Staff Training Doesn’t Work
By Gavin Neate, CEO and Founder of Neatebox Limited (Creators of the WelcoMe App)
Okay, I admit this is a bit of a clickbait headline if ever there was one. The last thing we would ever want to do is to encourage companies not to train their staff especially when it comes to interacting with disabled and vulnerable customers.
So, let me clarify..
Traditional staff training doesn’t work!
Oops, I think I’ve done it again. Traditional staff training DOES work, it just doesn’t work as well as it could.
It’s well known that trained knowledge has a “half life“.
Think about the French you learnt at school. Without a regular holiday to France
or some well positioned French friends…it’s gone.
Well, staff training isn’t really that different. You learn something, probably in a class room sitting though a lecture or online via a staff induction webinar, and then within a couple of days its gone… but it isn’t until you read the statistics around training in general that you realise just how much of a problem this is and how it is affecting not only disabled consumers but customer service staff as well.
Worse still, is the plaque on the wall or the signature on the certificate that states that training has been delivered and that a course has been passed as this in itself can lead to a false sense of security.
These stats are alarming enough but with billions being spent on staff training and 70% of disabled people still reporting they have received poor customer service then it is obvious there is an issue here that needs to be addressed.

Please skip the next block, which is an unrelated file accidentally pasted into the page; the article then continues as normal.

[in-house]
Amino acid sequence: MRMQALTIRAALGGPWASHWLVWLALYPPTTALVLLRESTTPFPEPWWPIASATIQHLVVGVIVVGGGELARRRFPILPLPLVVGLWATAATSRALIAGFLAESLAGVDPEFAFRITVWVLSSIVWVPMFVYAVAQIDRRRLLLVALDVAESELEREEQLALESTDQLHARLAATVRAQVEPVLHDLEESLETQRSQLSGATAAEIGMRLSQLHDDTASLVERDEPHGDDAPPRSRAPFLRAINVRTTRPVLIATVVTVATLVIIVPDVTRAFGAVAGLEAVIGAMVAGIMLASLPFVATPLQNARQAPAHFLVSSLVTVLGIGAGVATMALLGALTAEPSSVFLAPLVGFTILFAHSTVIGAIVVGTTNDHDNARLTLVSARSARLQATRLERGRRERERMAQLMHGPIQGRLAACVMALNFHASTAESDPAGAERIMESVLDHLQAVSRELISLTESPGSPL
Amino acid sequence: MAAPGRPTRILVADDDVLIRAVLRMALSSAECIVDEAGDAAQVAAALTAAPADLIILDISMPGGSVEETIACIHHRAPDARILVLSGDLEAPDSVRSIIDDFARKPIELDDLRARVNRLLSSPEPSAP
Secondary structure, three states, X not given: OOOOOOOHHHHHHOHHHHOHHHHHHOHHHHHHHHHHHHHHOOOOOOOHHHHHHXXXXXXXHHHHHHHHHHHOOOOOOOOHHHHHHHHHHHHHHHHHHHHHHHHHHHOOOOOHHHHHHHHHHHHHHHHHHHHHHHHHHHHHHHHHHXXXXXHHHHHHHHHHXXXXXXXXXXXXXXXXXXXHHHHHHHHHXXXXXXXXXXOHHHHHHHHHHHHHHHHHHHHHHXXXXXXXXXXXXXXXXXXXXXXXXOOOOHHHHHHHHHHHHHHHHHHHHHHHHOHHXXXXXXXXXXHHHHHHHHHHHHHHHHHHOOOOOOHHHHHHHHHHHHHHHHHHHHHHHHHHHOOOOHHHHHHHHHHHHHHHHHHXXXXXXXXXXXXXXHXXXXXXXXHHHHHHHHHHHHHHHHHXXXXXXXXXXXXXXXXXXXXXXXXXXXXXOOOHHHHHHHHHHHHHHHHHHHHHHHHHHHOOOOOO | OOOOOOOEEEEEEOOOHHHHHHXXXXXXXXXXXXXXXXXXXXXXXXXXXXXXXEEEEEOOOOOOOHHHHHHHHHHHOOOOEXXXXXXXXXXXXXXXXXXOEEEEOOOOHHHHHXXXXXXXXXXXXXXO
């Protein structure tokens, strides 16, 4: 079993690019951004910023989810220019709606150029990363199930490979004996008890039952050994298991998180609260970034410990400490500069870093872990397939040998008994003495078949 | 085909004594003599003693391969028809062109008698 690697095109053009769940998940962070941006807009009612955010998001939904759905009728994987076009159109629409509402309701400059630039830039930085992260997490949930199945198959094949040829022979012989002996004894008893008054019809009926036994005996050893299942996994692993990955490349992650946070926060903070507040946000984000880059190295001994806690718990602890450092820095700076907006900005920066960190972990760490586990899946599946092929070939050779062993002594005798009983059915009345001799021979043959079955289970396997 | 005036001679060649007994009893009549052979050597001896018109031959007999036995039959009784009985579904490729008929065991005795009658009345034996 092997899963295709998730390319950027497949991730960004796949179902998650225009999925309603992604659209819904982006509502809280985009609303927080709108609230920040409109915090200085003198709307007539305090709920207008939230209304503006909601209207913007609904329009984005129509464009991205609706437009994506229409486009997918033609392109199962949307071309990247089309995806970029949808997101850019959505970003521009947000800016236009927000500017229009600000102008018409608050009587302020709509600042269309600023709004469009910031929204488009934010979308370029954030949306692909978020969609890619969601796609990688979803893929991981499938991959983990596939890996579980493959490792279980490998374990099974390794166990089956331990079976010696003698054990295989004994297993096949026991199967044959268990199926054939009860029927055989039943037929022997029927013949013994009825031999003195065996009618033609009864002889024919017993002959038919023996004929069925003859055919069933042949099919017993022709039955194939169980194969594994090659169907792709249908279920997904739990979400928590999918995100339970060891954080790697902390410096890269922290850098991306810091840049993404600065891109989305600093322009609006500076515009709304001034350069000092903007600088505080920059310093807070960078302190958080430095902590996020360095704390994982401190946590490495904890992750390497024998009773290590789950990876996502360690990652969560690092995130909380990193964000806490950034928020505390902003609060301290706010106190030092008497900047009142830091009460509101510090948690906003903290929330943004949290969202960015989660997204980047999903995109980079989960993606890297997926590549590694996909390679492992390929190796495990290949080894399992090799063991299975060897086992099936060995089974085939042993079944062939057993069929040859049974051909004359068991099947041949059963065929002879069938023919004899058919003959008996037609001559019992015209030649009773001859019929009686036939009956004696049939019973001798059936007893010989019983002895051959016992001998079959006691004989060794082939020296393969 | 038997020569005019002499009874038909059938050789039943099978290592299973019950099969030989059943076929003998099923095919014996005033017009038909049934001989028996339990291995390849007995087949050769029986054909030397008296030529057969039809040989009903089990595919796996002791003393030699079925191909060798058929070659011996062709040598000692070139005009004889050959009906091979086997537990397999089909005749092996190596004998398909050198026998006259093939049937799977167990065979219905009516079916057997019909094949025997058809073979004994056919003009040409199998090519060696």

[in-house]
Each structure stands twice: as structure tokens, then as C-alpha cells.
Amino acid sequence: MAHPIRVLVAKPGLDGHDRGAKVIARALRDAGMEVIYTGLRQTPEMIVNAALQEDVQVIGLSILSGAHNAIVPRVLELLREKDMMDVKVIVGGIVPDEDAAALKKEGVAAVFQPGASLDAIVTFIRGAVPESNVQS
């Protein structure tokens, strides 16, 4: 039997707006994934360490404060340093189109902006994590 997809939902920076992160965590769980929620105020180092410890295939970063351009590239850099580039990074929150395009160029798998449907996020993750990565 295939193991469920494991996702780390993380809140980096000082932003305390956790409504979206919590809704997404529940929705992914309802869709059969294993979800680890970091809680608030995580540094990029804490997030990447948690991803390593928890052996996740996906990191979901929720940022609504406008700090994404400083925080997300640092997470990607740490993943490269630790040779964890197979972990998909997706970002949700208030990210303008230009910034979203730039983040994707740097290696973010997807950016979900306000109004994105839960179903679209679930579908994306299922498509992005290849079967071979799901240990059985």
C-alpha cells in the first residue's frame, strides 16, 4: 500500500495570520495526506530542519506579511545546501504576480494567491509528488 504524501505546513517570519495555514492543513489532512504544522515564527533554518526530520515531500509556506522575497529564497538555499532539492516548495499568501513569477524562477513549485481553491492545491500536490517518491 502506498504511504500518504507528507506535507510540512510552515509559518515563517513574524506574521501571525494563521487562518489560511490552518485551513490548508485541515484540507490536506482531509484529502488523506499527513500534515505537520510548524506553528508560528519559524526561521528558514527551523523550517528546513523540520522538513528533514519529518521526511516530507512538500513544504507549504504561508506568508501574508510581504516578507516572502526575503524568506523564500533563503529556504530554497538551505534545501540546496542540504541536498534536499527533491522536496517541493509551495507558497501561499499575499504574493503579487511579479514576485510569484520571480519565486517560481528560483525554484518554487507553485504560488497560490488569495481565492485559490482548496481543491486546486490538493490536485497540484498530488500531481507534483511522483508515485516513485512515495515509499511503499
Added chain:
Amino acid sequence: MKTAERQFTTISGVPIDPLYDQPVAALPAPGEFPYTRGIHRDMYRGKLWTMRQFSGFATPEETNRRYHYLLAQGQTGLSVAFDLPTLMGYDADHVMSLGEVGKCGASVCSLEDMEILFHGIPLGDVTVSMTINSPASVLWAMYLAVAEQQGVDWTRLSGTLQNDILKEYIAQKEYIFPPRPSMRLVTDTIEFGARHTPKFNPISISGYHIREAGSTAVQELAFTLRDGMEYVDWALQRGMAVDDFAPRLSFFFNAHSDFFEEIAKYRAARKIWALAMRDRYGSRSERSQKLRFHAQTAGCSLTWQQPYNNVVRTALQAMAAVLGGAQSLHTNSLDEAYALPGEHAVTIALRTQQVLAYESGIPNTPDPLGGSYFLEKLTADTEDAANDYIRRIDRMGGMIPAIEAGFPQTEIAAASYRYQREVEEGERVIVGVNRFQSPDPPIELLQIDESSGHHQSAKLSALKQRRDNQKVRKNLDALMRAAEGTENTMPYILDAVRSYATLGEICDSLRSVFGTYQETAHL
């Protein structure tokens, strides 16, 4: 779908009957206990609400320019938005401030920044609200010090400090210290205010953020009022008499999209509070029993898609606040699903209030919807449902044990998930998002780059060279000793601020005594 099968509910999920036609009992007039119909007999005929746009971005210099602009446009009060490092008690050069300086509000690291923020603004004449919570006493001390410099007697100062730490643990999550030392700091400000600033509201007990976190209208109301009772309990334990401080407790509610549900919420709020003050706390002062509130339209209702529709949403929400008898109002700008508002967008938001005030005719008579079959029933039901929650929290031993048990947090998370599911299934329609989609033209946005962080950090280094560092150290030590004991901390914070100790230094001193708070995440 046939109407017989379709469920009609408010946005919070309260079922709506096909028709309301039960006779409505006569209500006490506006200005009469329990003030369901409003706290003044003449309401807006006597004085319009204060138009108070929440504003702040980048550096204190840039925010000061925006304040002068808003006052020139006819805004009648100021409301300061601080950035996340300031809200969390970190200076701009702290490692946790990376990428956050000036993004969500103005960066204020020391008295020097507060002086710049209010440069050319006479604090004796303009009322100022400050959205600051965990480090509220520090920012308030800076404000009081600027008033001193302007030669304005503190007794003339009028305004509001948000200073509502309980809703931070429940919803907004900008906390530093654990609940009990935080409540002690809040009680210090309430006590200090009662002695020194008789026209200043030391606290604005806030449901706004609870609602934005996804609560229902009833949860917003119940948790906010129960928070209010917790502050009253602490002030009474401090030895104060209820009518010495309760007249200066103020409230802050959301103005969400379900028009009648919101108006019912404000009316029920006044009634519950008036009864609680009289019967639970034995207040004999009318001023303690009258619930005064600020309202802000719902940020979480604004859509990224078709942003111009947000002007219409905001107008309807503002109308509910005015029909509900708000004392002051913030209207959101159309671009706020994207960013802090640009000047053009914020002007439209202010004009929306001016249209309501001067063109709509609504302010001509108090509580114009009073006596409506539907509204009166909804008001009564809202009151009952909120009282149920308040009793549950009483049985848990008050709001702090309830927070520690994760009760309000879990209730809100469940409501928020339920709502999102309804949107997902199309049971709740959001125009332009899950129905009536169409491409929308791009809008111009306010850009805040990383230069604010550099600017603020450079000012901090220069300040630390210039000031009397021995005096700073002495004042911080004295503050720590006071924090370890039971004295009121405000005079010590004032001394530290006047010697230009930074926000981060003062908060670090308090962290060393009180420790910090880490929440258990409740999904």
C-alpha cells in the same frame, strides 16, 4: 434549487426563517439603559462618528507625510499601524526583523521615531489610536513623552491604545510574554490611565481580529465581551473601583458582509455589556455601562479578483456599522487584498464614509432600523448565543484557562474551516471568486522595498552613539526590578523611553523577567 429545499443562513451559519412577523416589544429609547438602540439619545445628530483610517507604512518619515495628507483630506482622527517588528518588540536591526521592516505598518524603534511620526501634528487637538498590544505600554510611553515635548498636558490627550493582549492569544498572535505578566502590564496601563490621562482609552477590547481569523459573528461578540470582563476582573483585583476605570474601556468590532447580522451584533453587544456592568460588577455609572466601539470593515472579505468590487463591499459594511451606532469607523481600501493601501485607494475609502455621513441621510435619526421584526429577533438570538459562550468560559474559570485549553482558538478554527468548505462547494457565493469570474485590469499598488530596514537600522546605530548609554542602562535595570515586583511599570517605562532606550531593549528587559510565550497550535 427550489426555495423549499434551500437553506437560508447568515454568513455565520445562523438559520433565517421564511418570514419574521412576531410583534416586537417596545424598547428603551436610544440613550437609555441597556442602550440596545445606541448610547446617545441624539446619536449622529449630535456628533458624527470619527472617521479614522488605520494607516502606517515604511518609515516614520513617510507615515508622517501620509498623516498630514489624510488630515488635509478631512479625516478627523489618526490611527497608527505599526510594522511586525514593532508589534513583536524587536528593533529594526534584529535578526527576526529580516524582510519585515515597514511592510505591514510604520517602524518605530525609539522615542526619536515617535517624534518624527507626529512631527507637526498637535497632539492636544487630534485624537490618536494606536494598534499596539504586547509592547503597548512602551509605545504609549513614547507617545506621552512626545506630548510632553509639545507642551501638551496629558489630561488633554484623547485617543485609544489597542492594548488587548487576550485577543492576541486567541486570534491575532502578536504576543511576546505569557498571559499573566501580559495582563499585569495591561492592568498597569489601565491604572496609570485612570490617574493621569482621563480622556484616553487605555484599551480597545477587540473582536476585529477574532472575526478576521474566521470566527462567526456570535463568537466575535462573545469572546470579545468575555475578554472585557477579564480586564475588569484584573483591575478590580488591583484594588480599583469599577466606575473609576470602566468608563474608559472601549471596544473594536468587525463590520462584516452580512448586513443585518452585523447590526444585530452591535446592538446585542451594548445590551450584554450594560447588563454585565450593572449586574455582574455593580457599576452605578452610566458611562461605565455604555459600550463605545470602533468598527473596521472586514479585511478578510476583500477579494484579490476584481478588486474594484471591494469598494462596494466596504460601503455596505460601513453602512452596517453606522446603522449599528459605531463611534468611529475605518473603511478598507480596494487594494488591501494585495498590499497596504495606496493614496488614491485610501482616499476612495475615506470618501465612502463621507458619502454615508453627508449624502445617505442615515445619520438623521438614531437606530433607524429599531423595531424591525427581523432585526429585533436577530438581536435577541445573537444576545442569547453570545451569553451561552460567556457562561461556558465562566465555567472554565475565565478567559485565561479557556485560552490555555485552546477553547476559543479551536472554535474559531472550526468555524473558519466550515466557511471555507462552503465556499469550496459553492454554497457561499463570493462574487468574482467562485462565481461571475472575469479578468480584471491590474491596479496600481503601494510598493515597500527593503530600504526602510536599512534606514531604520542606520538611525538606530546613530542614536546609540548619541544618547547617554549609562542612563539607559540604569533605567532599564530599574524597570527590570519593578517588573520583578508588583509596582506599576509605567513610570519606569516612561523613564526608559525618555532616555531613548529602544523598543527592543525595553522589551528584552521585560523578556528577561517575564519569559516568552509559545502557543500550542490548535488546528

So, we’ve just pulled our collective heads out of the sand. What’s next? Well, all is not lost and I am happy to say that there are some amazing organisations working in the UK who are increasingly addressing the challenges with very real multifaceted solutions and specifically utilising the super power that is experience-based-training i.e. training that is delivered by subject matter, experts with lived experience themselves presented in a way that engages attendees physically and importantly, emotionally.
It is over 25 years ago now ,but the very first time I met a guide dog owner I messed up, or at least I felt I had when I thought saying, “I see what you mean” might have been disrespectful. I was very lucky, my interaction was part of a training exercise, one with a real guide dog owner, one who expected me to mess up and allowed me to do so in a truly safe environment. The interaction was so powerful that it is still imprinted in my mind to this day.
This week I met with Alex Winstanley of Happy Smiles Training CIC based in Wigan after seeing the following video on youtube
Who wouldn’t want their staff to be this engaged and enthusiastic about a training day?
And perhaps, just perhaps, this will be the experience that stays with them and is useful to them for the rest of their lives.
A big shout out to Alex for his amazing work but also to others who are proving the best kind of training is delivered by subject matter experts with lived experience.